So many learning abilities and new opportunities have opened up (for women now). I grew up in a small town (in the South). There were probably opportunities that I didn’t know about. I wasn’t streetwise. I was bought up in a religious way and didn’t know about a lot of things. Although, as I look back I have no regrets. I know God had a plan for my life. I have no regrets even in my marriage. I don’t look back on it as a tragedy. I look at it as God’s plan for my life. If it hadn’t been then I wouldn’t be able to be where I am at. I matured and I understand life. I just feel so blessed.
New beginnings! Even at 85 years old. She is pretty amazing. She exercises and appears to be in her 60s or 70s. She is totally devoted to the church. My mother still knells at her bedside morning and night for prayer. She evokes the power of a prayer warrior. I believe that her prayers and those of my ancestors have prayed me, my people and others through life’s passages, celebrations and challenges and on to new beginnings.
My last Story is about my daughter and her dark night of the soul
During her first year of law school my youngest daughter called me one night in a complete meltdown. She was feeling unable to compete – not bright enough; not capable enough. You know that dark night of the soul when we simply cannot find any evidence of our worth and value. We believe everyone else is so much more than we are - brighter, more attractive and more socially engaging. I knew as I listened to her that it was time to remind her of our people and our roots. She knows the story but she needed to hear it again. I talked with her for over an hour. When I got off the phone I wrote down my conversation with her.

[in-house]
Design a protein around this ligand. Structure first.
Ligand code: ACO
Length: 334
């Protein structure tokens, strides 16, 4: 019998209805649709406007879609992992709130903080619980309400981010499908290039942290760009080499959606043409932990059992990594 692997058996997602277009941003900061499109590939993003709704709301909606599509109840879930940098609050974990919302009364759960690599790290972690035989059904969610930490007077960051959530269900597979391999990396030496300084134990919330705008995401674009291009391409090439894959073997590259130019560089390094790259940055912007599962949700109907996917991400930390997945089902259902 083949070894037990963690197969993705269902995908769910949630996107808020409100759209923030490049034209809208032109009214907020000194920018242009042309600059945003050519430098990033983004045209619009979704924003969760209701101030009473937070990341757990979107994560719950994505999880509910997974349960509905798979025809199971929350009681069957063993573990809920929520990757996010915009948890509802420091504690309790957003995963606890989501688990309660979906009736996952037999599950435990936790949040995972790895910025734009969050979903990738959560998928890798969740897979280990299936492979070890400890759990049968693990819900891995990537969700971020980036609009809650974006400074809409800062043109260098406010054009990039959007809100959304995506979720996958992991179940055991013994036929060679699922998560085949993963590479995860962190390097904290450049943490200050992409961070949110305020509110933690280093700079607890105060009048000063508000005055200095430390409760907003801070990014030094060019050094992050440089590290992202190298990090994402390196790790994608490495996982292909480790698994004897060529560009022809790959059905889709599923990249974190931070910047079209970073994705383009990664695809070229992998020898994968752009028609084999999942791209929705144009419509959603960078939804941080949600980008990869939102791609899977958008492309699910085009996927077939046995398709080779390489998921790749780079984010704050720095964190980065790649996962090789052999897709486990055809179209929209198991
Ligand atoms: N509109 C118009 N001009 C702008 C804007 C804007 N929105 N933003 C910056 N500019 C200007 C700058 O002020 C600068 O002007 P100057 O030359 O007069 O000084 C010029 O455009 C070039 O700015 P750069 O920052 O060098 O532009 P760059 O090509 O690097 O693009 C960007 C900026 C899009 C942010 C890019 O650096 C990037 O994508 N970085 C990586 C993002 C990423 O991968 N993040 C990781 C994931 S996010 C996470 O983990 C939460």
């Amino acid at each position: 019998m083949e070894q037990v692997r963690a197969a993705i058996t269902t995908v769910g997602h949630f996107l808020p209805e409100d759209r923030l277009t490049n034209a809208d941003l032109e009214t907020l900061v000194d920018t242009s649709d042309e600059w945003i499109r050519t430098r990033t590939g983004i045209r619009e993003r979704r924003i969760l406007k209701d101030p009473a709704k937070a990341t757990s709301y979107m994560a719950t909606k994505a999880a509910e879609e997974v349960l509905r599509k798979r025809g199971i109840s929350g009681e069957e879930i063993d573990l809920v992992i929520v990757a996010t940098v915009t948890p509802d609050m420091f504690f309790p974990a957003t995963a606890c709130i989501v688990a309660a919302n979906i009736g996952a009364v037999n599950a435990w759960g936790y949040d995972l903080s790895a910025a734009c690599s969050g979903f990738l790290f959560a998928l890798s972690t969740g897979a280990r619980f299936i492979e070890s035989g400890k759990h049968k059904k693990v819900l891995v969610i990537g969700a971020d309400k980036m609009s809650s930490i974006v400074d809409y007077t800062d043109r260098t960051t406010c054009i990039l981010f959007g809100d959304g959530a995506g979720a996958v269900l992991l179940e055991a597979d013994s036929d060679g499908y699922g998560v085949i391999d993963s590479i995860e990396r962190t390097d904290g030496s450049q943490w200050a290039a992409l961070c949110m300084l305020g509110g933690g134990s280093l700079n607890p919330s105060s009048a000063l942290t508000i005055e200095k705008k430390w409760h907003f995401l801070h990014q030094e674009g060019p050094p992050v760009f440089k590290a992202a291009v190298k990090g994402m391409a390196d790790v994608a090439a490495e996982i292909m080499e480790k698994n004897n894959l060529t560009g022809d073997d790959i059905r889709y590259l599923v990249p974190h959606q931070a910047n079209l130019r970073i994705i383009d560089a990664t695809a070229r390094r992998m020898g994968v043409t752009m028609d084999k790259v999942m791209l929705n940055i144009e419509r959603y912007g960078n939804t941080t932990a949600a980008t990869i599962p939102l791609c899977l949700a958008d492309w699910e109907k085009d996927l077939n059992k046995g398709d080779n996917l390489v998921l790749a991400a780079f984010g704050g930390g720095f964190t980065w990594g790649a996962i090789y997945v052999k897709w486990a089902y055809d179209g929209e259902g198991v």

The resulting poem is titled, It is That Time and That Place.
It is now time to call on the memories of the ancestors when they thought they could not walk another step toward freedom – and yet they did;
It is that time and place to call on the memories of the ancestors when the darkness of their lives threatened to take away the hope and light and they reached a little deeper and prayed still another prayer to get through the long nights
to witness still another sunrise.
It is that time and place to remember the oceans of tears shed to deliver us to this time, to remember the bent knees and bowed backs and the fervent voices asking, begging and beseeching for loved ones sold off.
It is time to remember the laughter and joy though they had far less, and little reason for optimism and yet they stayed on the path towards a better day.
It is time to hold fast to the unchanging hands and hearts and prayers of the ancestors that have brought us this far.
It is time to make them proud and show them and ourselves what we are made of
To show them that their prayers and sacrifices and lives were not in vain and did not go unnoticed, nor have they been forgotten.
Did you not know that this day would come?
Did you not know that we would have to change places and that you would be the one praying and working for better times?
Did you not know that just as our ancestors were delivered that you would also be delivered?
Have you not seen the greatness and power of the Creative Energy in the Universe called God that moves and has its being through human agency?
Have you not seen God in your neighbor’s faces? In the homeless, in the battered woman? The trafficked child? The undocumented worker? The dispossessed?
It is that time and that place now to know that we must leave a legacy for our children
And for all the children.
It is that time and that place.
We are the ones we’ve been waiting for!
And for that, let us be eternally grateful for new beginnings!
I have shared the stories of my mother and my daughter in this season of new beginnings, in this place of new beginnings and among individuals considering New Beginnings. Let us take pause and reflect on the new beginnings in our lives.
Amen and Blessed Be!